Case Study
Product Design

TIM Investor

Challenge

Design a new product that allows traders and portfolio managers to use the the TIM Indicator in their trade timing process, or find interesting stocks to investigate further.

The Indicator is a rating of each stock from 1 to 10. It’s predictive of stock prices and is based on the aggregate sentiment of thousands of brokers.

End

UX design: Stock screener

For a typical feature I'd take the Product Owner's ideas, do some competitive research, and run a design studio workshop with engineers.

For the stock screener, the PO envisioned a query builder but I wondered if we could treat it more like natural navigation. I ran a design studio to gather ideas, and refined it with usability testing of a paper prototype. It worked really well and became the heart of the application.

End

UI Design

After experimenting with dark and light UIs, we chose dark because:

  • Customers spend a lot of time dark UIs like Bloomberg and told us they don't like switching back-and-forth to light UIs
  • The dark UI made the data stand out well on screen
  • It was seen as beneficial to the business that it looked significantly different to our legacy product

The dark UI was problematic for printing screenshots in marketing material, though - meaning I had to make special versions with bold white text to compensate.

End

Outcome

TIM Investor allowed us to test the value proposition of the signal with a diverse range of customers.

I'm proud of the speed at which we brought a brand new product to market, and the collaborative design I did with the business expert.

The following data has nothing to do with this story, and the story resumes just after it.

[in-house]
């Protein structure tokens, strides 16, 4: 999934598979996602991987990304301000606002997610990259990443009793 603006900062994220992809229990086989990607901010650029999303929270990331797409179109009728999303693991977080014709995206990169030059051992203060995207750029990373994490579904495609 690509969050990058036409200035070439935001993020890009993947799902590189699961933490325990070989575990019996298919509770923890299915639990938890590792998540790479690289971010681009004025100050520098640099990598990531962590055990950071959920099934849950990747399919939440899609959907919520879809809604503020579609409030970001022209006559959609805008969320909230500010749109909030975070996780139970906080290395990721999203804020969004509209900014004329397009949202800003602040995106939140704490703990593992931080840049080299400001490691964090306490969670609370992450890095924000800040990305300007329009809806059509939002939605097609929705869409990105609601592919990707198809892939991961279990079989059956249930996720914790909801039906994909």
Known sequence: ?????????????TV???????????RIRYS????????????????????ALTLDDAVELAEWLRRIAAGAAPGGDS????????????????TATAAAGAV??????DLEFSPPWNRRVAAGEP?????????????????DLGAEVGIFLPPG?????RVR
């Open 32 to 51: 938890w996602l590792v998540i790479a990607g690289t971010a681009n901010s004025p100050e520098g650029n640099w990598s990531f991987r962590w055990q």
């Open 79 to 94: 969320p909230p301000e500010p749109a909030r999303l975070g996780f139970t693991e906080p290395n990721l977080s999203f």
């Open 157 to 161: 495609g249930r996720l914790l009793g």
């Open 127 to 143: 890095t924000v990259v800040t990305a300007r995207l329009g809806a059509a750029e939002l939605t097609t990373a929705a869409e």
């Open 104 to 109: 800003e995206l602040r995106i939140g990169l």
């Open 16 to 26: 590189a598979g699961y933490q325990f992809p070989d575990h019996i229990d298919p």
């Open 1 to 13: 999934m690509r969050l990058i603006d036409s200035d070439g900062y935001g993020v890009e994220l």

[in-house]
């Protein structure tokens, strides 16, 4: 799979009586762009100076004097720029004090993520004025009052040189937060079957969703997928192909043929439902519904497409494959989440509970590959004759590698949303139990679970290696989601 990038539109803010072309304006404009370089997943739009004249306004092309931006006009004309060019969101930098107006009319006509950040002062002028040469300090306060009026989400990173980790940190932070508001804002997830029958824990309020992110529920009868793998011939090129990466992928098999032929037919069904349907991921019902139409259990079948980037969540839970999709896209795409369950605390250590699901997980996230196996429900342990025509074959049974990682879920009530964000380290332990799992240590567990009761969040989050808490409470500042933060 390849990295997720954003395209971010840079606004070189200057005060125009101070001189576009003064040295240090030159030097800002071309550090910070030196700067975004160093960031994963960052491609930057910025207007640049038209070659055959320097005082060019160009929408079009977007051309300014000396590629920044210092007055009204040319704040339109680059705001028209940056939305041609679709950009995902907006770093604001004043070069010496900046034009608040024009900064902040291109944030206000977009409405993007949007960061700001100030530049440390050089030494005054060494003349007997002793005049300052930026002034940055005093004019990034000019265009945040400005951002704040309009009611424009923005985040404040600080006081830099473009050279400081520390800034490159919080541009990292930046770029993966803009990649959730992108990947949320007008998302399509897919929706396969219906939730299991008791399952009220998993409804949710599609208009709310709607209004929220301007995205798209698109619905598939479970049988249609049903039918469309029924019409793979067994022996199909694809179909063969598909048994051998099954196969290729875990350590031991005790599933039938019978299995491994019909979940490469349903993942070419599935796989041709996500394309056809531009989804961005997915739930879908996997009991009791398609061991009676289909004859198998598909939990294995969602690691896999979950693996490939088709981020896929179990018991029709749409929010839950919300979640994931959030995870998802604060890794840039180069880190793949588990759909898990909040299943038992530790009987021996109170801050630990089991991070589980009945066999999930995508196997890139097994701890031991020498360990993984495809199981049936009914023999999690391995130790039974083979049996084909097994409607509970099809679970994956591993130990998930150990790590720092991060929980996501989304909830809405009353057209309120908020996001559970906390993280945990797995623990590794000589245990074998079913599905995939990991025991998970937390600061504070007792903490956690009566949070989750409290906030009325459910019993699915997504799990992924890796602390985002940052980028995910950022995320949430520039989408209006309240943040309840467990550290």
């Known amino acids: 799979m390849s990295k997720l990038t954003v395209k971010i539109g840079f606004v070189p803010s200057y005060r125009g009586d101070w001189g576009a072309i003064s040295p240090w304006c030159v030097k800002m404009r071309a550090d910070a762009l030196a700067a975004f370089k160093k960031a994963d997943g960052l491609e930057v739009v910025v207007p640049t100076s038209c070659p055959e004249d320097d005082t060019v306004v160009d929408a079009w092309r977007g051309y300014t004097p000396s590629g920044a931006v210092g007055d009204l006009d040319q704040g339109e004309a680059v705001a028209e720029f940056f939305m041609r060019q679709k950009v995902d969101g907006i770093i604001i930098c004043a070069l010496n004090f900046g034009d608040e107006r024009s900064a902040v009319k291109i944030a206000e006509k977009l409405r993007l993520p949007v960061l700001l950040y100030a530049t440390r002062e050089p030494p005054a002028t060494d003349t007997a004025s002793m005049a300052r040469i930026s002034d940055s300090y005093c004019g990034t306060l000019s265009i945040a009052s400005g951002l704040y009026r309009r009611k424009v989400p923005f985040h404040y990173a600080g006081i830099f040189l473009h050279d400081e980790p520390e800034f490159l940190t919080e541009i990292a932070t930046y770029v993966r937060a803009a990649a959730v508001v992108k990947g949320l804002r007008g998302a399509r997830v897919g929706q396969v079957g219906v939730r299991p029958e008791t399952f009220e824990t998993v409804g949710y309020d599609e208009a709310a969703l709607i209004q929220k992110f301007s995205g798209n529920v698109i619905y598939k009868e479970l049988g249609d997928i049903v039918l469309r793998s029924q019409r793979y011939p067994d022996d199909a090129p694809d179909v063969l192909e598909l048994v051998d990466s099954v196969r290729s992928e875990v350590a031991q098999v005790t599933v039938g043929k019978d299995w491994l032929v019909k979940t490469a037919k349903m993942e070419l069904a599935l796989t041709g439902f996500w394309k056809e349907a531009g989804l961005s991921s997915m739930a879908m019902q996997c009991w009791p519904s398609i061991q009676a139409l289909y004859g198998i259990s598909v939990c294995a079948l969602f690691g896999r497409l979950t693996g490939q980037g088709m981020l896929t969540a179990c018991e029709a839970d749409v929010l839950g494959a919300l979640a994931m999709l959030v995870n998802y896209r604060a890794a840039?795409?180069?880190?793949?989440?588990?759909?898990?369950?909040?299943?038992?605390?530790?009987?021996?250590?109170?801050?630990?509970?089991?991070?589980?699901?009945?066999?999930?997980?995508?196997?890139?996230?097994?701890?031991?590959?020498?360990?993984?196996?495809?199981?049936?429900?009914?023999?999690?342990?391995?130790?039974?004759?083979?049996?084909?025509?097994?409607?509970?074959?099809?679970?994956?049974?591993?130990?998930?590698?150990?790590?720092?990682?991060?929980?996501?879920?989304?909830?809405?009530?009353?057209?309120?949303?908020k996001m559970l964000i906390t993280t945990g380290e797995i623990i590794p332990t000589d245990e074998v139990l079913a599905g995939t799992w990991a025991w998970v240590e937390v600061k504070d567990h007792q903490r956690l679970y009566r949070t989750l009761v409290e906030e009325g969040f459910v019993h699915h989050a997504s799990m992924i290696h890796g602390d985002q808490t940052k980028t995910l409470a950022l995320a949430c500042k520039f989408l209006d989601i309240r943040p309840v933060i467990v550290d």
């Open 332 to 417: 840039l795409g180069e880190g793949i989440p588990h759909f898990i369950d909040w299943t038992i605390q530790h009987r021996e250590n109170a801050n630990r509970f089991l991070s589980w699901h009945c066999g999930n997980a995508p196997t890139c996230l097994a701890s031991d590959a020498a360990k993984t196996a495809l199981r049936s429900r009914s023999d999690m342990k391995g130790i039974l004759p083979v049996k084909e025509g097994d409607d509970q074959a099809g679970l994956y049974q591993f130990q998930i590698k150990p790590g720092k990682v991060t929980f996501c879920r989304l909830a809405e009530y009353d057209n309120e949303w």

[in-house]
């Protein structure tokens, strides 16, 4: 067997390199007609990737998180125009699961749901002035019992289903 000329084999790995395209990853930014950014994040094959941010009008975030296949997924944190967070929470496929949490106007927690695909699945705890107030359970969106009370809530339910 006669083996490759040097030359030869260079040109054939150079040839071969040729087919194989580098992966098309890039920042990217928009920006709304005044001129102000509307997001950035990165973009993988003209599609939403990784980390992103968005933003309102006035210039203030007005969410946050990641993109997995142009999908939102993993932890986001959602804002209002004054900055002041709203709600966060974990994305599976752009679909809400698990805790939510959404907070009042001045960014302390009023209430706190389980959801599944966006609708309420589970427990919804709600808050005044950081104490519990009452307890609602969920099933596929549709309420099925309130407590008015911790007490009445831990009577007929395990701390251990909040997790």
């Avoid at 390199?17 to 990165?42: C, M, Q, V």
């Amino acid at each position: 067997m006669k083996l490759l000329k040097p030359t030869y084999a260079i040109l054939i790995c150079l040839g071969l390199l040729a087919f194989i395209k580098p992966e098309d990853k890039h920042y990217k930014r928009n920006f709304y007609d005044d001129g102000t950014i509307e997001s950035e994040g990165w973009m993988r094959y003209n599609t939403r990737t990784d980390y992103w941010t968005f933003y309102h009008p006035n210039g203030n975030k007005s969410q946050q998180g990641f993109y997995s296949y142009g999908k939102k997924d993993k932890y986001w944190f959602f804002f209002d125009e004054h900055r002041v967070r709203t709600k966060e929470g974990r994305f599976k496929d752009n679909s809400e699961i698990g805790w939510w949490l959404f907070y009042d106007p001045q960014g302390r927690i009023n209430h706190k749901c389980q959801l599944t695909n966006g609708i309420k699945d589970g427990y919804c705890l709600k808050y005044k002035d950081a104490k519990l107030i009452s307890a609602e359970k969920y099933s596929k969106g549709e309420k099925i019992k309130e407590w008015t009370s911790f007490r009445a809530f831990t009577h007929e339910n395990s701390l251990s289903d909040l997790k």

Looking Back

Went Well

  • Converting the output-based request to outcomes, and designing from there led to a radically different (and hopefully better) design.
  • Applying the principle of “no modes”, and letting the user interact with domain objects (Industry, Region etc) worked well.
  • The PO and PM were remote, in our New York office, and that did make collaboration hard at times. But Google Hangouts and Docs, and the occasional cross-atlantic trip helped.

Could Improve

  • We weren’t fully invested in a metric-driven approach. The success criteria gave us a shared view of expectations, but we didn’t build a process around reviewing usage and deriving learnings since there were many parallel efforts going on in sales and financial metrics to find a product-market fit, and we quickly moved on to other features.
  • I didn’t do any first-hand research with users due to this being a primarily sales-led effort, with most prospects in a different country. I had to rely on second hand information about how well this was working for people.